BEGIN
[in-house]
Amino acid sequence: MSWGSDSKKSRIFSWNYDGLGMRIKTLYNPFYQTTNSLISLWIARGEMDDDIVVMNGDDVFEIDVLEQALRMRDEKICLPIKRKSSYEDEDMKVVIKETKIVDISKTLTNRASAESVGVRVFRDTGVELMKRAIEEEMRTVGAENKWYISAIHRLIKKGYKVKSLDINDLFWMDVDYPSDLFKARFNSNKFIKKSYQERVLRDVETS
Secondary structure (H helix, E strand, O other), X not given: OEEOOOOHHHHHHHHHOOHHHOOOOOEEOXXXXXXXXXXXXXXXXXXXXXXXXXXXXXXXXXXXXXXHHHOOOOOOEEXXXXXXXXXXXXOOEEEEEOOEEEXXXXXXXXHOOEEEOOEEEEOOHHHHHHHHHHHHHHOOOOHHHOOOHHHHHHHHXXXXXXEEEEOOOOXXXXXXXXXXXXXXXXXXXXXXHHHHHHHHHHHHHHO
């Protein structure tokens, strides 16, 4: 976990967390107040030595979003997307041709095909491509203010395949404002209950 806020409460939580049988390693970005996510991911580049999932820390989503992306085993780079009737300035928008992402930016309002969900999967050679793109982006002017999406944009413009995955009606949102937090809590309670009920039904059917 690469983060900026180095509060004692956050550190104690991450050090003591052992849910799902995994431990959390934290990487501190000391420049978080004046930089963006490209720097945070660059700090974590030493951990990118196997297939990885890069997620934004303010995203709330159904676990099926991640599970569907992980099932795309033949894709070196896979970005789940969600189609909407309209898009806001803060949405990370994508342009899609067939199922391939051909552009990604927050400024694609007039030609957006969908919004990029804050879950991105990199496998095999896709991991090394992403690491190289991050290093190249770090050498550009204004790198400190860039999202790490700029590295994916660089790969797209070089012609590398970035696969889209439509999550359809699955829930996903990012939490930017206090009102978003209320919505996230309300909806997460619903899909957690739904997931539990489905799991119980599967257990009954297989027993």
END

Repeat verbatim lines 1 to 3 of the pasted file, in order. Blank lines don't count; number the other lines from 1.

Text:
[in-house]
Amino acid sequence: MSWGSDSKKSRIFSWNYDGLGMRIKTLYNPFYQTTNSLISLWIARGEMDDDIVVMNGDDVFEIDVLEQALRMRDEKICLPIKRKSSYEDEDMKVVIKETKIVDISKTLTNRASAESVGVRVFRDTGVELMKRAIEEEMRTVGAENKWYISAIHRLIKKGYKVKSLDINDLFWMDVDYPSDLFKARFNSNKFIKKSYQERVLRDVETS
Secondary structure (H helix, E strand, O other), X not given: OEEOOOOHHHHHHHHHOOHHHOOOOOEEOXXXXXXXXXXXXXXXXXXXXXXXXXXXXXXXXXXXXXXHHHOOOOOOEEXXXXXXXXXXXXOOEEEEEOOEEEXXXXXXXXHOOEEEOOEEEEOOHHHHHHHHHHHHHHOOOOHHHOOOHHHHHHHHXXXXXXEEEEOOOOXXXXXXXXXXXXXXXXXXXXXXHHHHHHHHHHHHHHO